Total isolation from sunset to sunrise, and during the day, there was hard labour. Real hard labour. Sample this: there was a task allocation of any of the following: producing “x” seers of ropes from coconut husk using some medieval back-breaking technology, milling “y” seers of oil in a mill, harnessed like oxen to a devilish-looking contraption or simply constructing more cells for this hell-house. And if the prisoner demurred, he was awarded dozens of whip-lashes in full public view. This served a dual purpose, pain and public humiliation as a punishment for him and a deterrent for the others. If he was even worse “behaved”, there was a creative series of handcuffs to entrap him in. The jailor chose the methodology depending upon his assessment of the severity of the crime. One type of handcuffs would keep the prisoner’s hands free and just the legs were fettered, while the other would shackle his hands and legs while the third would shackle his entire body and make him wonder why he was alive, at all. And if he chose to be completely uncooperative, hanging-to-death was the preferred punishment. The gallows were generous-sized, so at least in death you had the company of others. Three inmates were hung together and there was a convenient located platform nearby to perform the last rituals for the deceased. Small mercies; last rites were allowed.

The Three Types of Shackles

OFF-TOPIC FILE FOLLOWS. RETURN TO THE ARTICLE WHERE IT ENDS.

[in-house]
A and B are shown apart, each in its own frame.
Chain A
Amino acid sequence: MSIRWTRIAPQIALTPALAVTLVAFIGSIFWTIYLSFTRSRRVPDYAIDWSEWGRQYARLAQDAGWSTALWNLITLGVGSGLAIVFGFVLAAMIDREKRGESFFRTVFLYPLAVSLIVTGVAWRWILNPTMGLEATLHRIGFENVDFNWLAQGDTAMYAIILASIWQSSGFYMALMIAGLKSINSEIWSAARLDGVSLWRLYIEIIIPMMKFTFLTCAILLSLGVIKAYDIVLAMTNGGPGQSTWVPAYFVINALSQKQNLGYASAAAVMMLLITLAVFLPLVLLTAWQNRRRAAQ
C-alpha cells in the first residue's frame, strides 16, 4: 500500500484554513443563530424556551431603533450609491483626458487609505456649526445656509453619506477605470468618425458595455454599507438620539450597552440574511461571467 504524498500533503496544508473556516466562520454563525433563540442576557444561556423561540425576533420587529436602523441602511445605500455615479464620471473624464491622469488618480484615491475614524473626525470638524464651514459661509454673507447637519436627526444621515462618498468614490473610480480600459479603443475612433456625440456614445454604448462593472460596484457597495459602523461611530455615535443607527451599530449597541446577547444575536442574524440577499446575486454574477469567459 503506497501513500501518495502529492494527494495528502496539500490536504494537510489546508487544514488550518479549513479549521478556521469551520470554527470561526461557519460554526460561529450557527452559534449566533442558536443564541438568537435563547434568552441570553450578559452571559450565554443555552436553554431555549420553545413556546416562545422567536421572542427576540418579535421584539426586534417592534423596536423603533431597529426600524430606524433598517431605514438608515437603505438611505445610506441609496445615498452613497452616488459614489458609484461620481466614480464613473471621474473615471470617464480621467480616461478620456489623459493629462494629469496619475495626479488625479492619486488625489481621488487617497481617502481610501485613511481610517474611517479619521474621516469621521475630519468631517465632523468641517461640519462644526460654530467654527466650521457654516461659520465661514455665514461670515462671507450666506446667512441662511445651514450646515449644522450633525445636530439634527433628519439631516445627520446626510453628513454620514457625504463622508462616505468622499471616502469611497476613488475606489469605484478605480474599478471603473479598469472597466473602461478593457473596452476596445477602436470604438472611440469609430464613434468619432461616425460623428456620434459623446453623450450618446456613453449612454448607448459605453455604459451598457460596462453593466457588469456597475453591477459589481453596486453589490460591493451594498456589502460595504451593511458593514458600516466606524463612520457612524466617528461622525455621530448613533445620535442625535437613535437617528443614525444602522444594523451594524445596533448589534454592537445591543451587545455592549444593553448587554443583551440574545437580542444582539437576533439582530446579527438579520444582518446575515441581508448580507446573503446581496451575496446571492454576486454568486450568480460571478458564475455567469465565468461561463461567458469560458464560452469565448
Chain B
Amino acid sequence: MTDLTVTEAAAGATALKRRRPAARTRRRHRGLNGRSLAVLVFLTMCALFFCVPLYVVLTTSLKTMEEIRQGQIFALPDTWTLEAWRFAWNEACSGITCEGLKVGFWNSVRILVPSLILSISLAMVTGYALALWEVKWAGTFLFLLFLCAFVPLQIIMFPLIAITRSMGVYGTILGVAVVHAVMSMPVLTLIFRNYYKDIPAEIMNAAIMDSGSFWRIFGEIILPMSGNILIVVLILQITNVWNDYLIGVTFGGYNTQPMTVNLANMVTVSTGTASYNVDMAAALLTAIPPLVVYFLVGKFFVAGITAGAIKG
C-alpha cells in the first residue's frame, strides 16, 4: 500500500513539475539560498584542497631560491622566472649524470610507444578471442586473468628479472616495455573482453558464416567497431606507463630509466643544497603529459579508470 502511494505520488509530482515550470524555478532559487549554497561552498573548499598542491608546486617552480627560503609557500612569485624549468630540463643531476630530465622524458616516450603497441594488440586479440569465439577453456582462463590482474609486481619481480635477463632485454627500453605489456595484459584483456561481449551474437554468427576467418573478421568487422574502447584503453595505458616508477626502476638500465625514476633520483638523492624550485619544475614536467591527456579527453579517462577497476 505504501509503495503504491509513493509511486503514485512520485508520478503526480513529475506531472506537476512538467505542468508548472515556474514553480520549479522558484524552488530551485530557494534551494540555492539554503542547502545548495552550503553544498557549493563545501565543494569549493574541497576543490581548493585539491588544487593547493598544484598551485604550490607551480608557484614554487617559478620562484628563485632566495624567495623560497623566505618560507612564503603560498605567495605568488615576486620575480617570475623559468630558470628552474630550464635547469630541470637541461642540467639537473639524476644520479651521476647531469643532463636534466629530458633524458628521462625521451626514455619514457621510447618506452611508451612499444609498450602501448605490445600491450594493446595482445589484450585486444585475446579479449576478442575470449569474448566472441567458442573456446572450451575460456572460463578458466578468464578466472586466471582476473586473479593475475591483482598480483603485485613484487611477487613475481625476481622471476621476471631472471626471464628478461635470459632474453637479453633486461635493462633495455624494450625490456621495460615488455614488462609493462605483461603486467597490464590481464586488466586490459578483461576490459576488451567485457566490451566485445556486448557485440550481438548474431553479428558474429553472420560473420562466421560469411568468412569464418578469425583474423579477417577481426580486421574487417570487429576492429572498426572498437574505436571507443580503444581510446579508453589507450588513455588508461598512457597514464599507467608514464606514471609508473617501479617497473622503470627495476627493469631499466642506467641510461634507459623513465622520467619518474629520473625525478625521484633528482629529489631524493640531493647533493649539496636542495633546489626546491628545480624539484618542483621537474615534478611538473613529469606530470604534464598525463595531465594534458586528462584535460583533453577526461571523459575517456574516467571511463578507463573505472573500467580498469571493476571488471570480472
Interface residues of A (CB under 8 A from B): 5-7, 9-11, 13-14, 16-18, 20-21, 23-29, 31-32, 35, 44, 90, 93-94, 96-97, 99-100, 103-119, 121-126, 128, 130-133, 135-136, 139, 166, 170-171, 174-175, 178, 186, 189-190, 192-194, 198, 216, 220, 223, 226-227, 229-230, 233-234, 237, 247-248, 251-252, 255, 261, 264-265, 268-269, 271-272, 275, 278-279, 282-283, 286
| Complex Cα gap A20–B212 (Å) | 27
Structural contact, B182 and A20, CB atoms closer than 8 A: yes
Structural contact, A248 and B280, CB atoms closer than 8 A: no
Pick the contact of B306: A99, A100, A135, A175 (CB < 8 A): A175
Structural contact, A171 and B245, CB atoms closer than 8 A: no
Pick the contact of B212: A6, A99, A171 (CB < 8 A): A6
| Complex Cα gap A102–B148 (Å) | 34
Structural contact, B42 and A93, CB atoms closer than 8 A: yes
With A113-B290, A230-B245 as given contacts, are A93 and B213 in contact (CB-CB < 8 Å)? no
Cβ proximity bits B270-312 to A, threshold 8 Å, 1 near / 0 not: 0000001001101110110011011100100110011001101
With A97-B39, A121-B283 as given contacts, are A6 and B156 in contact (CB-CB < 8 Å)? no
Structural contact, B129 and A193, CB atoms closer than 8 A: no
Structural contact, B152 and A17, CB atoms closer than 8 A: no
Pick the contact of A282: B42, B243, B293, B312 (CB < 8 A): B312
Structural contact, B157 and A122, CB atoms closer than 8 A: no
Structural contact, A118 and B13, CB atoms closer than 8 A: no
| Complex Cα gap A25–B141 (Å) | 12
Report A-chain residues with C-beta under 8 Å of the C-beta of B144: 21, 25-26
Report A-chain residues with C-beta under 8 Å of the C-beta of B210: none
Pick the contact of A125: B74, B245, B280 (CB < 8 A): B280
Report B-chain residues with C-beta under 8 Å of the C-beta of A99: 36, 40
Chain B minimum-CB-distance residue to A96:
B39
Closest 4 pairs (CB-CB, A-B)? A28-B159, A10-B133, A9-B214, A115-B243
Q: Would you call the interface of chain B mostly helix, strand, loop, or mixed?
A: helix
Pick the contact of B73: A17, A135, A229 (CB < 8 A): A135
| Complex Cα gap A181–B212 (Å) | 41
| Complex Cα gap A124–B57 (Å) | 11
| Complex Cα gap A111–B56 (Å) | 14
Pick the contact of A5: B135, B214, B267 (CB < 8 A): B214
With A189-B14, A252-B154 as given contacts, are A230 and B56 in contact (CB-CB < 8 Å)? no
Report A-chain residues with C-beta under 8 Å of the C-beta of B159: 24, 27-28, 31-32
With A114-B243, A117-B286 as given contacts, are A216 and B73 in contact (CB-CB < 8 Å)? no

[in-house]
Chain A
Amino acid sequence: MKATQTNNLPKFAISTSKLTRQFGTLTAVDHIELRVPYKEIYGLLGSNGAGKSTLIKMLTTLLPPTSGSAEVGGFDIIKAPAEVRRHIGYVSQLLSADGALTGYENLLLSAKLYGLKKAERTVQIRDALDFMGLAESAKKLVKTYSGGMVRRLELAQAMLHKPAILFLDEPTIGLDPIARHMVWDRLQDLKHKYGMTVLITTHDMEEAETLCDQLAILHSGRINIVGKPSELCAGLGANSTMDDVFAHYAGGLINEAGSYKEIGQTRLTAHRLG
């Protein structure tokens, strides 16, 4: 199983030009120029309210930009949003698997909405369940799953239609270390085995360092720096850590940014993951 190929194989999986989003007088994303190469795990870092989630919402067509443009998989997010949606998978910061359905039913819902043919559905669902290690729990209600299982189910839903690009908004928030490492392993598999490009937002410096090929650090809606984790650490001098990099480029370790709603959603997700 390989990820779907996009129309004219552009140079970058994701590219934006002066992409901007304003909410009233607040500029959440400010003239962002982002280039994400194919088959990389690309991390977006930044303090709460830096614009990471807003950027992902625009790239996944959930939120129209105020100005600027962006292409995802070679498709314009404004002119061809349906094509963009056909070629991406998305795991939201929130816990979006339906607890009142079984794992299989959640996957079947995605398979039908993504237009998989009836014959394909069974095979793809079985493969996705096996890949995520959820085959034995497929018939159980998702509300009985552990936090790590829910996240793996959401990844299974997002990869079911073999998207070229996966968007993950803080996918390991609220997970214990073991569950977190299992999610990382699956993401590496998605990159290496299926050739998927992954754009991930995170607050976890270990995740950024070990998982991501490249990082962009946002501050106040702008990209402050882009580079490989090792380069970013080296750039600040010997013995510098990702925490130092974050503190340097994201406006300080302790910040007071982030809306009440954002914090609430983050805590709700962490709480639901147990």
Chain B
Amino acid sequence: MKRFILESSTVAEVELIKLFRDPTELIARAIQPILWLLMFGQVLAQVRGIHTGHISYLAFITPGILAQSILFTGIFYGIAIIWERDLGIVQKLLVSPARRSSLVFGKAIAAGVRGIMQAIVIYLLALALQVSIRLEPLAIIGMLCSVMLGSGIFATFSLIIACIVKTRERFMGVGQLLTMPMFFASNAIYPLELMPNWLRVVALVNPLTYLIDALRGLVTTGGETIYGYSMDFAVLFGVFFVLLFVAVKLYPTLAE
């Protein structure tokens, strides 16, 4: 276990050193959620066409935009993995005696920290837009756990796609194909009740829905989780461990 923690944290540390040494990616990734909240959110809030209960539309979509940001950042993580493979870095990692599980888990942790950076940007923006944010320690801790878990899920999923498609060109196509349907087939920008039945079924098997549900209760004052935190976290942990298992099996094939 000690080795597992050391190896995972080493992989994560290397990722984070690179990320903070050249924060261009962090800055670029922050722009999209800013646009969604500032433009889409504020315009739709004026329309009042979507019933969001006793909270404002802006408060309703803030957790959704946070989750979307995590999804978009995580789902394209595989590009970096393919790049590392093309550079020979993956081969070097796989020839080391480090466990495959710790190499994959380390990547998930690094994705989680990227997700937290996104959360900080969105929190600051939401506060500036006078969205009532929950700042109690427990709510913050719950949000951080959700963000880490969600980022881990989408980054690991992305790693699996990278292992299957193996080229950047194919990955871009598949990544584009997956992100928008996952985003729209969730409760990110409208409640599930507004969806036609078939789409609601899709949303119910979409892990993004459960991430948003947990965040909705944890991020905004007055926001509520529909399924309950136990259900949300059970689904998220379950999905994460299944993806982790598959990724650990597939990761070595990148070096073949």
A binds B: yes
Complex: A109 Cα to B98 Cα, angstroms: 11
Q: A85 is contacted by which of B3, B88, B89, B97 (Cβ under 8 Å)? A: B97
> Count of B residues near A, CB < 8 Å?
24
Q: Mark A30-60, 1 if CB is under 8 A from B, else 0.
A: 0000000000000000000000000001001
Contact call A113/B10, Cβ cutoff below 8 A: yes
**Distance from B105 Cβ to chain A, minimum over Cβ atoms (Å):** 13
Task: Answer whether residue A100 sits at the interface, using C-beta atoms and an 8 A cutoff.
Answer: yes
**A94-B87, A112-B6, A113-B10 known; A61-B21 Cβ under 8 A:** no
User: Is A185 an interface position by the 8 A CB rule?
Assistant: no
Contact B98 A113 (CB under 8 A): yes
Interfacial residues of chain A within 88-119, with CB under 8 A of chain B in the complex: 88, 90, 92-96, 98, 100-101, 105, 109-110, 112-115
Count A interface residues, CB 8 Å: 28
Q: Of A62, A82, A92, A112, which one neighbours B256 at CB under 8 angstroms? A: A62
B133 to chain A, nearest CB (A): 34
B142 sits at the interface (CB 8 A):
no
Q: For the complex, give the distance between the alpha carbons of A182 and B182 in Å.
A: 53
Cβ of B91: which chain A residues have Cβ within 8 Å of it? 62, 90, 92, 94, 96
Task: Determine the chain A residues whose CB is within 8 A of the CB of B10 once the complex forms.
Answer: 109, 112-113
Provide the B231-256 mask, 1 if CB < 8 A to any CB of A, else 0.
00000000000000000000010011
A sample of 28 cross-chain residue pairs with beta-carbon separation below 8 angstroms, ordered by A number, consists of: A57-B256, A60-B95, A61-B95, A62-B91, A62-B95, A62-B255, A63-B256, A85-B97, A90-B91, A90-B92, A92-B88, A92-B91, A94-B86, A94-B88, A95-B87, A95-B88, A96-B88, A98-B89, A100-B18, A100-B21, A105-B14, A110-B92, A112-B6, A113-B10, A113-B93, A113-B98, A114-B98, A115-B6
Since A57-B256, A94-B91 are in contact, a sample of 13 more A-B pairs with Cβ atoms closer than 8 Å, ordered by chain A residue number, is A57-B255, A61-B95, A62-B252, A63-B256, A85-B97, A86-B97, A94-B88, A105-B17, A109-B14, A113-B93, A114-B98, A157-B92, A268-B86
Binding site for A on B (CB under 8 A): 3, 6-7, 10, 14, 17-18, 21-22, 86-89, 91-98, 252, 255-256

Tableaux Depicting the Whipping Punishment. (This was done right in the center of the courtyard)

Food was completely inedible, weevil-infested rotis, some wild leaves and grass cooked as subzi and often worm-infested rainwater to slake the thirst. Wonder if all this mattered, the prisoners were hardly in a shape to eat after all the hardships they underwent through the day.

This was the jail where some of the bravest sons of Mother India were incarcerated. Batukeshwar Dutt, who along with Bhagat Singh bombed the Assembly in Delhi, the Moplah Rebels, the revolutionaries of the Chiittagong Uprising, Gadar Party revolutionaries, those named in the Alipore Conspiracy Case. And the most famous one of them all, Veer Savarkar who was sentenced for 50 years in 1910 but released after 11 years in 1921; in what some believe to be somewhat controversial circumstances. His cell, at the end of long, long corridor on the first floor of the prison, is perhaps the only one in the complex which is identified as a specific prisoner’s.